A record number of LGBT+ athletes are set to compete at the Tokyo Olympics this summer, with the United States sending more queer athletes than any other country.
The number of LGBT+ athletes competing at the 2021 Olympic Games in Tokyo is double the number that took part in the 2016 event in Rio, when 56 openly queer people participated.
Notably, there are more out LGBT+ athletes taking part this year than have taken part in all previous Summer Olympic Games combined, according to Outsports.
Twenty-five countries are sending openly LGBT+ athletes to participate in the 2021 Olympics, with the United States topping the charts with more than 30 queer athletes.
Team USA is followed in the ranking by Britain, which is sending 15 out LGBT+ athletes to Tokyo. Britain is followed by the Netherlands (12), Canada (11), New Zealand (9), Australia (9) and Brazil (7).
Outsports has included reserve athletes who are practicing with their teams and travelling to Tokyo for the Games in its ranking.
The sports outlet included athletes on its list that have either come out through the media or are living their lives openly on social media.
LGBT+ women will outnumber men by a huge margin at the Tokyo Olympics
In total, there are more than 30 openly LGBT+ soccer players, 13 queer basketball players and nine rugby players taking part in the Olympic Games.
LGBT+ athletes will participate across a number of sports, including skateboarding, boxing, cycling, diving, equestrian, fencing, field hockey, golf, handball, judo, marathon, rowing, sailing, swimming and many more.
Openly LGBT+ women outnumber men by 7 to 1 at this year’s Olympic Games, Outsports found – a trend that is skewed slightly by the huge number of openly queer female soccer players.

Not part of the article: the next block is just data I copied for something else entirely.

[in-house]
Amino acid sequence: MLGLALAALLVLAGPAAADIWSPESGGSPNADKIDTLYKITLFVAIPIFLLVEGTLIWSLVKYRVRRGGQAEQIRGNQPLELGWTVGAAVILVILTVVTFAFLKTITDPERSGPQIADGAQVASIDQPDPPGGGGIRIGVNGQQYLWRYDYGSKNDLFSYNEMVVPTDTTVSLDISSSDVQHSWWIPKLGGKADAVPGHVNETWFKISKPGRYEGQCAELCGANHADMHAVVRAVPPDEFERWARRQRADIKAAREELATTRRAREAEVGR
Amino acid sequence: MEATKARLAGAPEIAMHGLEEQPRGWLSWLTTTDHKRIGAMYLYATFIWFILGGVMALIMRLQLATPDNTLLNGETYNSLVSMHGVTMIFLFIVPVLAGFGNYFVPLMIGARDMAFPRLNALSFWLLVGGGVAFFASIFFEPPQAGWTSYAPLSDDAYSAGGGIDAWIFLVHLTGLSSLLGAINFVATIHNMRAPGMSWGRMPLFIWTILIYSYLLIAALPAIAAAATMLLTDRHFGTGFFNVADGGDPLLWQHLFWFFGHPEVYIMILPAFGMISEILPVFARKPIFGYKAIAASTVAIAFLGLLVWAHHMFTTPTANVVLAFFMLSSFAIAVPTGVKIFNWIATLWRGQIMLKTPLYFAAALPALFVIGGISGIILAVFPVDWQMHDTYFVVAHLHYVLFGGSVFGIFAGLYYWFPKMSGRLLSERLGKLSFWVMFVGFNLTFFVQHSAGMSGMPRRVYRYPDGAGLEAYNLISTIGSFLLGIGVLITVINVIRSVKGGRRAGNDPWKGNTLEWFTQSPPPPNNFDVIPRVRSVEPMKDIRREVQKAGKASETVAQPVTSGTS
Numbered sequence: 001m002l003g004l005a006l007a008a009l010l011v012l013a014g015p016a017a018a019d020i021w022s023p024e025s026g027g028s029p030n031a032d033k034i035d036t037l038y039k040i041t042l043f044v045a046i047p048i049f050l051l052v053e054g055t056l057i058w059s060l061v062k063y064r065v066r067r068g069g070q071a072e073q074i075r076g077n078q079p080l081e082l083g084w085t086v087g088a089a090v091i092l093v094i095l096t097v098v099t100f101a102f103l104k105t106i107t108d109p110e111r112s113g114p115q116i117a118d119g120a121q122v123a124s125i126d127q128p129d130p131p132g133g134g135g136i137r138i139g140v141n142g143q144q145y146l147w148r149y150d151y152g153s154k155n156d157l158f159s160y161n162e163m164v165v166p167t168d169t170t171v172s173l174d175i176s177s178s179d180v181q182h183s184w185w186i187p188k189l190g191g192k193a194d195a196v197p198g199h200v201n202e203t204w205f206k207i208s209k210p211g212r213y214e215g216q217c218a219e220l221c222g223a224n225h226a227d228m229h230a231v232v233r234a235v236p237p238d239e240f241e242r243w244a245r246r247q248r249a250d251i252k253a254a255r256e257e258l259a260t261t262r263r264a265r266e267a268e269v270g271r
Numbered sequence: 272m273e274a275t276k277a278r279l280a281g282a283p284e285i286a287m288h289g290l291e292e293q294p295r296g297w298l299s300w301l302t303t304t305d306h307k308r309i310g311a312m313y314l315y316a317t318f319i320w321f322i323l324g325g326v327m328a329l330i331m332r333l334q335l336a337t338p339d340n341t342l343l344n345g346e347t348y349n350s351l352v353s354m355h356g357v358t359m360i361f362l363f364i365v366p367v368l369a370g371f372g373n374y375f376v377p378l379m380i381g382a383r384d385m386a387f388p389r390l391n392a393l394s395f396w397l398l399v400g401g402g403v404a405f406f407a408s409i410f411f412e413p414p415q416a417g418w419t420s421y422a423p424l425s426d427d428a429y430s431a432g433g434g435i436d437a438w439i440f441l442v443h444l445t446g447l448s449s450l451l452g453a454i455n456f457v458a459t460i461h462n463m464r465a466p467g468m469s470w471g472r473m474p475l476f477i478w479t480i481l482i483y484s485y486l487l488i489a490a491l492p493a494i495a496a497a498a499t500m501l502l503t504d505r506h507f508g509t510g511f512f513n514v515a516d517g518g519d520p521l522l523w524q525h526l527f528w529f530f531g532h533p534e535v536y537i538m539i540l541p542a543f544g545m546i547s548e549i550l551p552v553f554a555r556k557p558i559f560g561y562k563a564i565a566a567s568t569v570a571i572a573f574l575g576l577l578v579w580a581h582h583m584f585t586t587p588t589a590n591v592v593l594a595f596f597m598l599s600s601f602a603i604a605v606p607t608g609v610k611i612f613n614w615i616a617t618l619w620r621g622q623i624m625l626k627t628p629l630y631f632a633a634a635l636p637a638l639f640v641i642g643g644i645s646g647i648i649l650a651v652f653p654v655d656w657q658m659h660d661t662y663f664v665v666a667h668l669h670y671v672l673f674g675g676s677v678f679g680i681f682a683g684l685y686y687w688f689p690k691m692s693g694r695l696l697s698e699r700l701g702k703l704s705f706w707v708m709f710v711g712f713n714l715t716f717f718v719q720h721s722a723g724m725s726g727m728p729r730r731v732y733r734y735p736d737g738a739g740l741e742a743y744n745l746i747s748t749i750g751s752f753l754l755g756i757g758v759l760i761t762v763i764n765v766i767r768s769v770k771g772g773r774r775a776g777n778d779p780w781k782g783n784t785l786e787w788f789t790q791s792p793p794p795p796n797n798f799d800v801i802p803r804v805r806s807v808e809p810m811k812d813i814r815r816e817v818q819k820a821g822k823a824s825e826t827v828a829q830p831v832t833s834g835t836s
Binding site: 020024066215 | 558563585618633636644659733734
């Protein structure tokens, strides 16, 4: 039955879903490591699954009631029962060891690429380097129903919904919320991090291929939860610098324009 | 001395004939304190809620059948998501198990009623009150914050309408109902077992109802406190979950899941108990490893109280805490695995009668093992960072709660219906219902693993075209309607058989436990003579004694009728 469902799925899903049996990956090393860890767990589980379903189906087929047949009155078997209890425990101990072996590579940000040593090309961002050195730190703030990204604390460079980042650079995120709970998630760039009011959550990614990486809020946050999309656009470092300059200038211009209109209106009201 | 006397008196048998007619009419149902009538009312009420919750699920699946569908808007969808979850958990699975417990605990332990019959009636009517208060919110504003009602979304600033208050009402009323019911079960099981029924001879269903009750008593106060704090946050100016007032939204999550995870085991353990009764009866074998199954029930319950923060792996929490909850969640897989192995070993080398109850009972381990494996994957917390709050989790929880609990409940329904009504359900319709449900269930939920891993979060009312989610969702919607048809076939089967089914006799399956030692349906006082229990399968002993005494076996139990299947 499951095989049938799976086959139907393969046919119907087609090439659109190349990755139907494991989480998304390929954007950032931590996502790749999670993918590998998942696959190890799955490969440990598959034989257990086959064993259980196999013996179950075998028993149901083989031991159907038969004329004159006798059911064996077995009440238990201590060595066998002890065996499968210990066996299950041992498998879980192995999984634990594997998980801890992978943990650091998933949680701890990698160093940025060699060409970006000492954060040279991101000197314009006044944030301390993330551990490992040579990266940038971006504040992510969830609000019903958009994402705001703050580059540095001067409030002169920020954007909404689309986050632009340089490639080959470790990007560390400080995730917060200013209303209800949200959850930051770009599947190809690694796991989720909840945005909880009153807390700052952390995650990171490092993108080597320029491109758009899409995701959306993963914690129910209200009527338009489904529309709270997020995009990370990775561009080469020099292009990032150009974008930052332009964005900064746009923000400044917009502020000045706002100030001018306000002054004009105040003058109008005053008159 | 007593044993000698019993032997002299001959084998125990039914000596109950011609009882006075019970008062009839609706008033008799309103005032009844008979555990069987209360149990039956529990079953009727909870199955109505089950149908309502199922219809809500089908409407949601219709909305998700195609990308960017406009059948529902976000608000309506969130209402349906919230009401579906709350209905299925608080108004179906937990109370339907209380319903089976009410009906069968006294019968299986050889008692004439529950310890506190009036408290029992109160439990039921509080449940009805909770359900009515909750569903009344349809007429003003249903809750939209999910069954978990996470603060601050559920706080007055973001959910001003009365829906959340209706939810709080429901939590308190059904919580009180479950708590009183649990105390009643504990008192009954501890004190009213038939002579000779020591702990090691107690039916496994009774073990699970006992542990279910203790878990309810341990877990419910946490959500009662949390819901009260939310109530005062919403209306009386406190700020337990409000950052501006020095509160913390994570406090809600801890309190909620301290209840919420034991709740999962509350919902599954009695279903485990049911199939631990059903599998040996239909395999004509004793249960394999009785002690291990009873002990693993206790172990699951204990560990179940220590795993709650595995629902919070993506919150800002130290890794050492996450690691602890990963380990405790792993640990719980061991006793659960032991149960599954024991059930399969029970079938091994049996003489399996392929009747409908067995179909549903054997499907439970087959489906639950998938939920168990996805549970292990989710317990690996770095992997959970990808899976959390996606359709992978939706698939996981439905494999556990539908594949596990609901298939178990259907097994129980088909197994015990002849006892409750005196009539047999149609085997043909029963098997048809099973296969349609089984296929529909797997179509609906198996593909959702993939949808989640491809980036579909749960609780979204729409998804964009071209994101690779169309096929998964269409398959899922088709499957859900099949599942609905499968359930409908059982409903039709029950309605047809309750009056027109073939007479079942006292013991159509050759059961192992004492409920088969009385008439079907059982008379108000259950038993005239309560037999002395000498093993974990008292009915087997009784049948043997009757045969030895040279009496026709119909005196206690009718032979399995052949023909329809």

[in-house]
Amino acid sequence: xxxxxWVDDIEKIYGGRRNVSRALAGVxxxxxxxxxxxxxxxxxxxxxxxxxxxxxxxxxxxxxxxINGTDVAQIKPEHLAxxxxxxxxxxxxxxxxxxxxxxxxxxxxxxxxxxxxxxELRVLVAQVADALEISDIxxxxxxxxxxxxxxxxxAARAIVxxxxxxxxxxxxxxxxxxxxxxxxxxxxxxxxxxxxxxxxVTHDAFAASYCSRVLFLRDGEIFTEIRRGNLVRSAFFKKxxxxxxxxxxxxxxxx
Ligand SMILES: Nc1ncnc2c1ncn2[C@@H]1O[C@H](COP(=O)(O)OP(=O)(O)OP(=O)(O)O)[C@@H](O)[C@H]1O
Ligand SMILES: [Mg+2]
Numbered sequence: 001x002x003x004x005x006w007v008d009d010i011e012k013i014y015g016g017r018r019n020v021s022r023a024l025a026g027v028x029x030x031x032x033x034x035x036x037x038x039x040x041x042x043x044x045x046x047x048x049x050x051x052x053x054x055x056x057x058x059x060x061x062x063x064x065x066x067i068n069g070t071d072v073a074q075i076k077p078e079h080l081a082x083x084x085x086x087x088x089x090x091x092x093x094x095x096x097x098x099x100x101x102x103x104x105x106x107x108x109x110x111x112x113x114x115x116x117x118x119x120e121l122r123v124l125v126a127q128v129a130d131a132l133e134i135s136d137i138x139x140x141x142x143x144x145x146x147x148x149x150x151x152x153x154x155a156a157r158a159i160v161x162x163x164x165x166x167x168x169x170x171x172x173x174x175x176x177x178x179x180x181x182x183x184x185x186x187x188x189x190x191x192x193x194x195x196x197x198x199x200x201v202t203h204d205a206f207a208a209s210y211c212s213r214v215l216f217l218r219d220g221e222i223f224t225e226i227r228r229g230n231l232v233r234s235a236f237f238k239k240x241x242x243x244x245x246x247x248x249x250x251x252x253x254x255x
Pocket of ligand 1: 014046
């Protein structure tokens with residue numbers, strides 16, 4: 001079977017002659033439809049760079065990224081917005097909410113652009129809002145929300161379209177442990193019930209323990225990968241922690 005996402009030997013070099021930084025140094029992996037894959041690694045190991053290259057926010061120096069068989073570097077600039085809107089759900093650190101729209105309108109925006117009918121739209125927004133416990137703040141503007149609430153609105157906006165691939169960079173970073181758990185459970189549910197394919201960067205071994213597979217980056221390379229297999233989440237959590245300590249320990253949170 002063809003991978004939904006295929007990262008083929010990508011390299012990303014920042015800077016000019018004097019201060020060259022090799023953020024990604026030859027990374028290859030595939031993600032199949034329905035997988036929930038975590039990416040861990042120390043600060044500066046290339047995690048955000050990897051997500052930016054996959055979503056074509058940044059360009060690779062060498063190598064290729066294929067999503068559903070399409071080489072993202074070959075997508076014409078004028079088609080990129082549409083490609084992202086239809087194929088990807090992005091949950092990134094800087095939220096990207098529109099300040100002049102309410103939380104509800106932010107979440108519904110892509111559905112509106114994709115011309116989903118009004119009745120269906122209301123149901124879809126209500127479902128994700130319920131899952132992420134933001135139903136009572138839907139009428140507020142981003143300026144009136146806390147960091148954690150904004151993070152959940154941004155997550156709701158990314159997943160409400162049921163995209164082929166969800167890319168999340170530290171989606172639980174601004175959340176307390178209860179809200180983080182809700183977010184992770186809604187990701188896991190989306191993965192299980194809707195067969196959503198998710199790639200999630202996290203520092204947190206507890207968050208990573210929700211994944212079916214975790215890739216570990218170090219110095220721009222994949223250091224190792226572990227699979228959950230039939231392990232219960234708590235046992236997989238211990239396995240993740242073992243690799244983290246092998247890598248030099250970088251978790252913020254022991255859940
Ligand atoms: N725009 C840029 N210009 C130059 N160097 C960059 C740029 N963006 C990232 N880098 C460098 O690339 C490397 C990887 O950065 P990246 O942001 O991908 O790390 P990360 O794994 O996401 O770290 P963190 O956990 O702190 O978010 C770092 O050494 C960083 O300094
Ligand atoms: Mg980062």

Tom Daley, Carl Hester, Susannah Townsend, Mel Reid, Sarah Jones, Leah Wilkinson, Megan Jones, Rachel Daly and Fran Kirby are among the openly LGBT+ athletes representing Britain at the Olympics.
There has been widespread celebration among LGBT+ people at the huge number of queer athletes travelling to Tokyo this summer.
Lots of role-models for aspiring LGBTQ+ athletes and society more broadly to look to and be inspired. https://t.co/2KmkcxirnZ
— Richard Morris (@RichardMRacing) July 12, 2021
There were only 7 in Sochi https://t.co/BaXGUFa5nS
— Anastasia Bucsis (@anastasure) July 12, 2021
#LGBTQ+ representation and visibility at the Rio #Olympics was so inspiring to so many people and now we head into #Tokyo2020 with even more out athletes #TeamGB has 13 so far – the second highest by nation
— Sports Media LGBT+ (@SportsMediaLGBT) July 12, 2021
The news was also celebrated by Athlete Ally, an LGBT+ sporting organisation.
“Every out and proud athlete is a beacon for others who haven’t yet come out, or who are unsure if they can be their full self and play the sport they love,” Joanna Hoffman, director of communications told TIME.